Archives of Sexual Behavior

, Volume 41, Issue 6, pp 1431–1437

Preferred Female Body Proportions Among Child-Free Men

Original Paper

Abstract

Based on conceptual extrapolations from sociobiological models concerning the significance of secondary sex characteristics as markers of a female’s capacity to produce and nurture offspring, we reasoned that men’s greater unwillingness to reproduce would be linked to preference for a female body type characterized by the relative absence of such markers. Heterosexual undergraduate men (N = 67) indicated their ideal (most arousing) female body type on-line by means of an adjustable female figure. As expected, the desire to remain childfree was linked to erotic preference for a combination of smaller breasts and larger waist-to-hip ratio. Additional research into individual factors that map onto variations in the preferred body proportions of erotic targets is thus encouraged.

Keywords

Childfree Breast size Waist-to-hip ratio 

References

  1. Azziz, R., Sanchez, L. A., Knochenhauer, E. S., Moran, C., Lazenby, J., Stephens, K. C., . . . Boots, L. R. (2004). Androgen excess in women: Experience with over 1000 patients. Journal of Clinical Endocrinology and Metabolism, 89, 453–462. doi:10.1210/jc.2003-031122 Google Scholar
  2. Benson, P. J., Emery, J. L., Cohen-Tovée, E. M., & Tovée, M. J. (1999). A computer-graphic technique for the study of body size perception and body types. Behavior Research Methods, Instruments, & Computers, 31, 446–454. doi:10.3758/BF03200725.CrossRefGoogle Scholar
  3. Brase, G. L., & Walker, G. (2004). Male sexual strategies modify ratings of female models with specific waist-to-hip ratios. Human Nature, 15, 209–224. doi:10.1007/s12110-004-1020-x.CrossRefGoogle Scholar
  4. Dixson, B. J., Vasey, P. L., Sagato, K., Sibanda, N., Linklater, W. L., & Dixson, A. F. (2011). Male preferences for female breast morphology in New Zealand, Samoa, and Papua New Guinea. Archives of Sexual Behavior, 40, 1271–1279. doi:10.1007/s10508-010-9680-6.PubMedCrossRefGoogle Scholar
  5. Donohoe, M. L., von Hippel, W., & Brooks, R. C. (2009). Beyond waist-hip ratio: Experimental multivariate evidence that average women’s torsos are most attractive. Behavioral Ecology, 20, 716–721. doi:10.1093/beheco/arp051.CrossRefGoogle Scholar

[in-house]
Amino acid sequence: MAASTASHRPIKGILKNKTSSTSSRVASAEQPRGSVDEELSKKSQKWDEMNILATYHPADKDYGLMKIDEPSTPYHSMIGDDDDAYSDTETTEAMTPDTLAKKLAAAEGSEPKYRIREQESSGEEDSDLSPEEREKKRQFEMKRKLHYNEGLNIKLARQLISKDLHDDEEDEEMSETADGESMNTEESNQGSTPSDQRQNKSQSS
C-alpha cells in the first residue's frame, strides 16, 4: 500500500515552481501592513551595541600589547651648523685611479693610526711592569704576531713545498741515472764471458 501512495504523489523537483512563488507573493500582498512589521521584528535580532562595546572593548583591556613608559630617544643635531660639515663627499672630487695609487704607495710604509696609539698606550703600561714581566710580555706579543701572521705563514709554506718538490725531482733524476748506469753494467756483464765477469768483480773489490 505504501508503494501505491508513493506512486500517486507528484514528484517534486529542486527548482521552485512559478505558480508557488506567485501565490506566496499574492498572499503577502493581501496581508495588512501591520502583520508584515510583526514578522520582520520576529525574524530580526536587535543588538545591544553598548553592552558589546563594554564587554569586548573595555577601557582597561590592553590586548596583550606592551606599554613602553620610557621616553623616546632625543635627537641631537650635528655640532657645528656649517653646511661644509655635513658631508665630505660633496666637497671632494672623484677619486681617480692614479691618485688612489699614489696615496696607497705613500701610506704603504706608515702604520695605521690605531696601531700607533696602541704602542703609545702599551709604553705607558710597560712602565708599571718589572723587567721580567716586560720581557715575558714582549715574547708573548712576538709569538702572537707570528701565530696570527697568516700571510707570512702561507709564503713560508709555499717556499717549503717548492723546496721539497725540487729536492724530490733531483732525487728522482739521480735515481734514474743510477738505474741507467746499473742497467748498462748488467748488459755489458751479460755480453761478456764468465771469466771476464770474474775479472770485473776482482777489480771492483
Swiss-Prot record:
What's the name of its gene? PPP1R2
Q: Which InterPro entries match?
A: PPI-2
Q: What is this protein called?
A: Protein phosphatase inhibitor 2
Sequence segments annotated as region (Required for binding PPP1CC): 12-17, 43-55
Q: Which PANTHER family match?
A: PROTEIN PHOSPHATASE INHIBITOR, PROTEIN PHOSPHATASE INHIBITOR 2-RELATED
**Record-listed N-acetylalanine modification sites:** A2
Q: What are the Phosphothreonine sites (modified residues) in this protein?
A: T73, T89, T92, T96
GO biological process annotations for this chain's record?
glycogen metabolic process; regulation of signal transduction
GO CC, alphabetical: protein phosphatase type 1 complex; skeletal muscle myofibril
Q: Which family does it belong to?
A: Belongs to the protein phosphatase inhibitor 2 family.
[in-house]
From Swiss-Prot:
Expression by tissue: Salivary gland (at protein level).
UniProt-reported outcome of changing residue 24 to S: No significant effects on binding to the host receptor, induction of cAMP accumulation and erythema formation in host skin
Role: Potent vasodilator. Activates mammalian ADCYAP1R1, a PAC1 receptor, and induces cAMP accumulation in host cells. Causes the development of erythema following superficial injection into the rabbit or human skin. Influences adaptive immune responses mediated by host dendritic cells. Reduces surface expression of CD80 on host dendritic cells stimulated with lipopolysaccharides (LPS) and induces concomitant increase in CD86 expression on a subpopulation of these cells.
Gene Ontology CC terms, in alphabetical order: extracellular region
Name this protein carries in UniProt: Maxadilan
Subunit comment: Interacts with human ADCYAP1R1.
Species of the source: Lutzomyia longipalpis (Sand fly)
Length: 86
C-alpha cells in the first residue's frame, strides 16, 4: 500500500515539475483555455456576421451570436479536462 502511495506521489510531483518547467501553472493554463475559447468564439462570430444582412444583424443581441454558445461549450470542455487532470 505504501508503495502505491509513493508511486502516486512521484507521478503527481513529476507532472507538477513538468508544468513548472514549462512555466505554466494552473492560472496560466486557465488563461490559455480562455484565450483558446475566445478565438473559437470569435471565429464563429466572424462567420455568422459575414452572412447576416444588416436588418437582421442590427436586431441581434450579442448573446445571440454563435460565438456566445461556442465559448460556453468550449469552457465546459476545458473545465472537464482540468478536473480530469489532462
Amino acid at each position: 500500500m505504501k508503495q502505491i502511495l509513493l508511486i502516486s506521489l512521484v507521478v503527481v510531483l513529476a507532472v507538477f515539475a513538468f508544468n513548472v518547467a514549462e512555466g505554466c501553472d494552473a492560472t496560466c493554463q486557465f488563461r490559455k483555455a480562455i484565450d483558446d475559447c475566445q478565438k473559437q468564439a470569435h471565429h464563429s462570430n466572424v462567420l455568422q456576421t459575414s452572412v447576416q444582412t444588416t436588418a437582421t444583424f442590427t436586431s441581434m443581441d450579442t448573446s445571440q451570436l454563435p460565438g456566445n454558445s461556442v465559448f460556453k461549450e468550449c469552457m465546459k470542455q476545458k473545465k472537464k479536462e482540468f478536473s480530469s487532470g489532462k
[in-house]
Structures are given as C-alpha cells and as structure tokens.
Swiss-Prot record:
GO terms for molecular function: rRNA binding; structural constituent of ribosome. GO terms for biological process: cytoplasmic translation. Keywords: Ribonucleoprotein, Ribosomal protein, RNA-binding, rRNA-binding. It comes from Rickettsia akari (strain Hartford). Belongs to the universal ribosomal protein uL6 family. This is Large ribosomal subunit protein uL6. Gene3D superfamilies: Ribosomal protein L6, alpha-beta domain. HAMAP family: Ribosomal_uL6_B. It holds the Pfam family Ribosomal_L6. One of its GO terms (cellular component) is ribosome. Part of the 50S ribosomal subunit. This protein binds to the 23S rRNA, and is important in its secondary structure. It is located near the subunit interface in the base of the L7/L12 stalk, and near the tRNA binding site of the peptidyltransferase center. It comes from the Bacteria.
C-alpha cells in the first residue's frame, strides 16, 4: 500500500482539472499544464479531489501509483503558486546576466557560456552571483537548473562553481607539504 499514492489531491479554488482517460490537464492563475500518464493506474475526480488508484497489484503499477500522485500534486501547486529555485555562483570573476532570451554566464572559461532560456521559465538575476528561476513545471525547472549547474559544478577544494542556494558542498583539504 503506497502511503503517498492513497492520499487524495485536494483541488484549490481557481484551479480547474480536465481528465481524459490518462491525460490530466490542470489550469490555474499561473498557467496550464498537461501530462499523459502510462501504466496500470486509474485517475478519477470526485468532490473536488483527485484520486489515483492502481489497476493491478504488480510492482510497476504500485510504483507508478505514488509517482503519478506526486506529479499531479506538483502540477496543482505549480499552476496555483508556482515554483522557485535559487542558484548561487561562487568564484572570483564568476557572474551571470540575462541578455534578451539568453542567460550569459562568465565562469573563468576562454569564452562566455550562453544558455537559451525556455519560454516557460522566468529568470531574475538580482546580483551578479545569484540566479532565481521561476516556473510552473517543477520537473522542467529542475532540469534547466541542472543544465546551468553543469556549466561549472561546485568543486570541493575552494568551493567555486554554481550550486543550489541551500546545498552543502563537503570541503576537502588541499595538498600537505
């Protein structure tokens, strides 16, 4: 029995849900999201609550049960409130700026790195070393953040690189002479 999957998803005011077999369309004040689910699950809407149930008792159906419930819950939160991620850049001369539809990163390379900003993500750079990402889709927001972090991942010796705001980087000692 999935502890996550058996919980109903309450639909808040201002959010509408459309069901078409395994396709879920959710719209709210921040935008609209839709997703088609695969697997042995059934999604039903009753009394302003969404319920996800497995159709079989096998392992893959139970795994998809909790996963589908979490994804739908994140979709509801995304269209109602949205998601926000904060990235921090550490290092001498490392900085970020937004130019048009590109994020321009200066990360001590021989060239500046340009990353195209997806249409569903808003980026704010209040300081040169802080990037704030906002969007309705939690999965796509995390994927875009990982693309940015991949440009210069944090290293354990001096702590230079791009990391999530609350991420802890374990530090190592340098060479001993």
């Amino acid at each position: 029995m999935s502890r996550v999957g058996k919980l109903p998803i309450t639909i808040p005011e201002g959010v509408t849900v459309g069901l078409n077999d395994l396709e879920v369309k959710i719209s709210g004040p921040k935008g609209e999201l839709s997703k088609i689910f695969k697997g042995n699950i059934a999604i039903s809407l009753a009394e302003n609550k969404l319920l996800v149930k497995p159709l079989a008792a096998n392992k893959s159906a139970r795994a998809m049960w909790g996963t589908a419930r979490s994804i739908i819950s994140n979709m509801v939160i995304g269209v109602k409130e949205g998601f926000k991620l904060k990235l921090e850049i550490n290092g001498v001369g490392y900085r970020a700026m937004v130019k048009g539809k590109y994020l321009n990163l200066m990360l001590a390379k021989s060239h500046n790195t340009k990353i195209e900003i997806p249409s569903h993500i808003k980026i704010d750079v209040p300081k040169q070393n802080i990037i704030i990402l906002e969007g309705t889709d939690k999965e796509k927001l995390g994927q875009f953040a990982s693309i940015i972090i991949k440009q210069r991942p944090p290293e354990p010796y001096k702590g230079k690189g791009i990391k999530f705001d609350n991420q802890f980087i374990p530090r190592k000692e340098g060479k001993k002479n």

6. Furnham, A., Swami, V., & Shah, K. (2006). Body weight, waist-to-hip ratio and breast size correlates of ratings of attractiveness and health. Personality and Individual Differences, 41, 443–454. doi:10.1016/j.paid.2006.02.007.CrossRefGoogle Scholar
  7. Gangestead, S. W., & Scheyd, G. J. (2005). The evolution of human physical attractiveness. Annual Review of Anthropology, 34, 523–548. doi:10.1146/annurev.anthro.33.070203.143733.CrossRefGoogle Scholar
  8. Henss, R. (2000). Waist-to-hip ratio and female attractiveness: Evidence from photographic stimuli and methodological considerations. Personality and Individual Differences, 28, 501–513. doi:10.1016/S0191-8869(99)00115-4.CrossRefGoogle Scholar
  9. Jasienska, G., Ziomkiewicz, A., Ellison, P. T., Lipson, S. F., & Thune, I. (2004). Large breasts and narrow waists indicate high reproductive potential in women. Proceedings of the Royal Society of London: B, 271, 1213–1217. doi:10.1098/rspb.2004.2712.CrossRefGoogle Scholar
  10. Langdridge, D., Sheeran, P., & Connolly, K. J. (2005). Understanding the reasons for parenthood. Journal of Reproductive and Infant Psychology, 23, 121–133. doi:10.1080/02646830500129438.CrossRefGoogle Scholar
  11. Lassek, W. D., & Gaulin, S. J. C. (2008). Waist-hip ratio and cognitive ability: Is gluteofemoral fat a privileged store of neurodevelopmental resources? Evolution and Human Behavior, 29, 26–34. doi:10.1016/j.evolhumbehav.2007.07.005.CrossRefGoogle Scholar
  12. Lunneborg, P. W. (1999). The chosen lives of childfree men. Westport, CT: Bergin and Garvey.Google Scholar
  13. Marlowe, F., & Wetsman, A. (2001). Preferred waist-to-hip ratio and ecology. Personality and Individual Differences, 30, 481–489. doi:10.1016/S0191-8869(00)00039-8.CrossRefGoogle Scholar